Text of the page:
Everyone loves a good tax deduction. Unfortunately, as taxpayers scour their drawers for every last cab receipt, they might be overlooking bigger deductions and credits that are not widely known. We asked five tax experts to tell us their "tricks of the trade" on deductions and credits. Here are 10 top tips they offered.
You can't deduct the volunteer work you do for charity. But you can deduct any expenses related to that work. If you drive disabled children to a baseball game once a week or pay parking to attend board meetings at a literacy charity, you can claim a standard mileage deduction or itemize your gas costs.
"If you're taking your sick next-door neighbor to the hospital, that doesn't count," says Martin Cohen, a Manhattan-based certified public accountant. "But if you're going to do some charitable work with the church or synagogue or at a civic organization, you can deduct the transportation costs."
A similar rule applies to medical travel. If your total medical expenses exceeded 7.5 percent of your adjusted gross income, you can write them off. This means you can include any travel or parking costs incurred for doctors' appointments. The mileage allowance for 2009 is 24 cents per mile, says Julian Block, a tax attorney in Larchmont, N.Y.
If you're self-employed, you can write off any expenses related to your job -- as long as you're incurring these expenses exclusively for work. If you subscribe to food magazines because you're a chef, make sure to include those in your return. If you watch TV because you're an actor who needs to keep an eye on the competition, that's another deduction.
And don't forget the mother of all deductions: the home office. If you use a room in your home, or even a particular corner, exclusively for work, you can deduct a portion of your rent or mortgage payments, says Sara Turner, a tax research specialist at the National Association of Tax Professionals. "You have to be self-employed, which means you're not an employee of a company and not receiving a W-2," she says.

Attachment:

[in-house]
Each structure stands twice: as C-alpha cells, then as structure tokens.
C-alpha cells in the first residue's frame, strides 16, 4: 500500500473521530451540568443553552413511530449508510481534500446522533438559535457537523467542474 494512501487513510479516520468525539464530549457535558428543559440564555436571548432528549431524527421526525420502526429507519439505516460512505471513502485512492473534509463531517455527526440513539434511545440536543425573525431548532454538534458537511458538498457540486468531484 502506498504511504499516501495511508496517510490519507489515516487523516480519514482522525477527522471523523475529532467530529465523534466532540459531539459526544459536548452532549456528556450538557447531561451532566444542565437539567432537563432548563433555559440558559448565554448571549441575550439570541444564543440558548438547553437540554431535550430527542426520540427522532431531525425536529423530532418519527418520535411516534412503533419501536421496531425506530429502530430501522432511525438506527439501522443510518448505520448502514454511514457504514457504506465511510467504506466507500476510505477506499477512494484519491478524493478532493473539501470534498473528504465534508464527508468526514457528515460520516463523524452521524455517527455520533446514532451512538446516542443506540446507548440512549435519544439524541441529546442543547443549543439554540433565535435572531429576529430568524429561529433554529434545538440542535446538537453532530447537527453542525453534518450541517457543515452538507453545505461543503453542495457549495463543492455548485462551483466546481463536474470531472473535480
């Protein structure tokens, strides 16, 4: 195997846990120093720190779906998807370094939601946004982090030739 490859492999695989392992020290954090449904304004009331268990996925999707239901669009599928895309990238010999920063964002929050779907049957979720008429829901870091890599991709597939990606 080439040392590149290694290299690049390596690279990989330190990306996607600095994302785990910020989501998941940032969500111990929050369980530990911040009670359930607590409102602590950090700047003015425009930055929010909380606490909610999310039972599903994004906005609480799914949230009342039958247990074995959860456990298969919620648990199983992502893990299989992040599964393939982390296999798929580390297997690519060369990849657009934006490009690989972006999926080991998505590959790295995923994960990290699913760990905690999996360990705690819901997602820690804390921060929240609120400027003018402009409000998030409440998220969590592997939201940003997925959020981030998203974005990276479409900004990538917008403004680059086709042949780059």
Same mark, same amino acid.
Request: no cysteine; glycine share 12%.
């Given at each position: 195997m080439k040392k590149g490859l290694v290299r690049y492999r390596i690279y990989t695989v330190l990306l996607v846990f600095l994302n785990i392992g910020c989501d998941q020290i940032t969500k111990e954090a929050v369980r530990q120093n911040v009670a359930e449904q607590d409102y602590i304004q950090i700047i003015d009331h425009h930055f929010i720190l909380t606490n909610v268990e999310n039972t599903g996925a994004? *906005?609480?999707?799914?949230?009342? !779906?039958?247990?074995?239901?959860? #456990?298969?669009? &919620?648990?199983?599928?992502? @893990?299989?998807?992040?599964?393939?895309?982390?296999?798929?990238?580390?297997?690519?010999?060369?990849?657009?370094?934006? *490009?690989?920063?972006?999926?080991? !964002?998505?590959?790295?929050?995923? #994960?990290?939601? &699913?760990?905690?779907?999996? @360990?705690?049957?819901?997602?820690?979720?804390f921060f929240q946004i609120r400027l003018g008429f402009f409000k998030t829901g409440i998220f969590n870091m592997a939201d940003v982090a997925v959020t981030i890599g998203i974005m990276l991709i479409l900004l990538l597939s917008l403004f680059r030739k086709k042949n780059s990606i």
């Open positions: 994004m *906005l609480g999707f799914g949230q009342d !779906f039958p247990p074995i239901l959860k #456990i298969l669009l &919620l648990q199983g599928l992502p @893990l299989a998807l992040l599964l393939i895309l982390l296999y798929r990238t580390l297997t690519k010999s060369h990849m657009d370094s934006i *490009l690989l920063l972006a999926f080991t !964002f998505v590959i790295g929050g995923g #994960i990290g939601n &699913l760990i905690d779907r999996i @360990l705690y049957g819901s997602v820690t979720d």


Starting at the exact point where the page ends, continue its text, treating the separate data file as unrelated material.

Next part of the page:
You've probably heard about the $8,000 tax credit for first-time home buyers. But do you know about the $6,500 credit for repeat homewners? "That's money in your pocket," says Cohen, explaining that the $6,500 "repeat home buyers credit" goes straight into your bank account, rather than counting as a deduction that you take against income.
Many taxpayers don't bother to tally their deductions, since they know they won't meet the 2 percent threshold that allows them to start itemizing. Luckily, Congress has added some new standard deductions which anyone can take advantage of.
The latest one introduced this year to help boost auto sales: a deduction for the sales and excise tax paid on new car purchases.
"We see Congress go through different phases and favor different tax breaks," says Mark Luscombe, principal analyst for tax and accounting at Riverwoods, Ill.-based CCH. During the Clinton years, he says, Congress introduced a lot of new credits. During the Bush era, they added "above-the-line" deductions which applied to adjusted gross income. "In the last couple of years, Congress has decided they are fond of standard deductions."